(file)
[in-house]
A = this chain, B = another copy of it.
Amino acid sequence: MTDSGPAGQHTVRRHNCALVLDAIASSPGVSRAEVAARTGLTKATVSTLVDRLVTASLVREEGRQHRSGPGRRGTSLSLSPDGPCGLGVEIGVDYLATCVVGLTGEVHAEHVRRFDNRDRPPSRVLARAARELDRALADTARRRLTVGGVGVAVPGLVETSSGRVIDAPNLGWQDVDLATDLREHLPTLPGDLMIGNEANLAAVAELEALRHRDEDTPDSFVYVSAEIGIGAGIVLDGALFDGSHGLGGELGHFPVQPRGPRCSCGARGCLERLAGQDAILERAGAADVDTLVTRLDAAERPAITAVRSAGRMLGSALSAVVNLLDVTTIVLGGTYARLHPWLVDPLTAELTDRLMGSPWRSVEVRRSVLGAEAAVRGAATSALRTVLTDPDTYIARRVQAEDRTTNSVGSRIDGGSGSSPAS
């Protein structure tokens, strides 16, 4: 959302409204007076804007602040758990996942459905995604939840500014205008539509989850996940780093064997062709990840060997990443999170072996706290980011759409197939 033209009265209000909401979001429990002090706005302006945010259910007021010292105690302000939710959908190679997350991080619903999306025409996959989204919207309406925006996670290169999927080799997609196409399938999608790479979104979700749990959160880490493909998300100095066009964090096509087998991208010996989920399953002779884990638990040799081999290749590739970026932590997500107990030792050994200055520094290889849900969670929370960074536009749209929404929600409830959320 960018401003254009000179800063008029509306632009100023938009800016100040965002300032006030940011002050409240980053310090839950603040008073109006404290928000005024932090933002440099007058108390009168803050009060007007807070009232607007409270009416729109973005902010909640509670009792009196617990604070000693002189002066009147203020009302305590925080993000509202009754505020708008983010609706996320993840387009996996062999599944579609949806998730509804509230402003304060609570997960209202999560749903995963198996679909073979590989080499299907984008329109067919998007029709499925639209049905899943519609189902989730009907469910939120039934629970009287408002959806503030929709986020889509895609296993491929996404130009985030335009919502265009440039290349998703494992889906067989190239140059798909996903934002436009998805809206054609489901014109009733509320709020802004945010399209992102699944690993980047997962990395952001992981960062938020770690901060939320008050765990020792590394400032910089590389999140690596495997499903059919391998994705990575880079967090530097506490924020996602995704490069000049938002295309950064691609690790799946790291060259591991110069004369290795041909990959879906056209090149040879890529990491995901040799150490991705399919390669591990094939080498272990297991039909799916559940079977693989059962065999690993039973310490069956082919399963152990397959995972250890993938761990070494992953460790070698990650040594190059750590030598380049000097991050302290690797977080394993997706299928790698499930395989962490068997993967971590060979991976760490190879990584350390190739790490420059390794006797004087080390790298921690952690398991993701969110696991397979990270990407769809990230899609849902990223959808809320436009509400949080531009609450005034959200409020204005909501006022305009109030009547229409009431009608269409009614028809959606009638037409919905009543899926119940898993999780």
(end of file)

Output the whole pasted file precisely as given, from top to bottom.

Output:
[in-house]
A = this chain, B = another copy of it.
Amino acid sequence: MTDSGPAGQHTVRRHNCALVLDAIASSPGVSRAEVAARTGLTKATVSTLVDRLVTASLVREEGRQHRSGPGRRGTSLSLSPDGPCGLGVEIGVDYLATCVVGLTGEVHAEHVRRFDNRDRPPSRVLARAARELDRALADTARRRLTVGGVGVAVPGLVETSSGRVIDAPNLGWQDVDLATDLREHLPTLPGDLMIGNEANLAAVAELEALRHRDEDTPDSFVYVSAEIGIGAGIVLDGALFDGSHGLGGELGHFPVQPRGPRCSCGARGCLERLAGQDAILERAGAADVDTLVTRLDAAERPAITAVRSAGRMLGSALSAVVNLLDVTTIVLGGTYARLHPWLVDPLTAELTDRLMGSPWRSVEVRRSVLGAEAAVRGAATSALRTVLTDPDTYIARRVQAEDRTTNSVGSRIDGGSGSSPAS
């Protein structure tokens, strides 16, 4: 959302409204007076804007602040758990996942459905995604939840500014205008539509989850996940780093064997062709990840060997990443999170072996706290980011759409197939 033209009265209000909401979001429990002090706005302006945010259910007021010292105690302000939710959908190679997350991080619903999306025409996959989204919207309406925006996670290169999927080799997609196409399938999608790479979104979700749990959160880490493909998300100095066009964090096509087998991208010996989920399953002779884990638990040799081999290749590739970026932590997500107990030792050994200055520094290889849900969670929370960074536009749209929404929600409830959320 960018401003254009000179800063008029509306632009100023938009800016100040965002300032006030940011002050409240980053310090839950603040008073109006404290928000005024932090933002440099007058108390009168803050009060007007807070009232607007409270009416729109973005902010909640509670009792009196617990604070000693002189002066009147203020009302305590925080993000509202009754505020708008983010609706996320993840387009996996062999599944579609949806998730509804509230402003304060609570997960209202999560749903995963198996679909073979590989080499299907984008329109067919998007029709499925639209049905899943519609189902989730009907469910939120039934629970009287408002959806503030929709986020889509895609296993491929996404130009985030335009919502265009440039290349998703494992889906067989190239140059798909996903934002436009998805809206054609489901014109009733509320709020802004945010399209992102699944690993980047997962990395952001992981960062938020770690901060939320008050765990020792590394400032910089590389999140690596495997499903059919391998994705990575880079967090530097506490924020996602995704490069000049938002295309950064691609690790799946790291060259591991110069004369290795041909990959879906056209090149040879890529990491995901040799150490991705399919390669591990094939080498272990297991039909799916559940079977693989059962065999690993039973310490069956082919399963152990397959995972250890993938761990070494992953460790070698990650040594190059750590030598380049000097991050302290690797977080394993997706299928790698499930395989962490068997993967971590060979991976760490190879990584350390190739790490420059390794006797004087080390790298921690952690398991993701969110696991397979990270990407769809990230899609849902990223959808809320436009509400949080531009609450005034959200409020204005909501006022305009109030009547229409009431009608269409009614028809959606009638037409919905009543899926119940898993999780």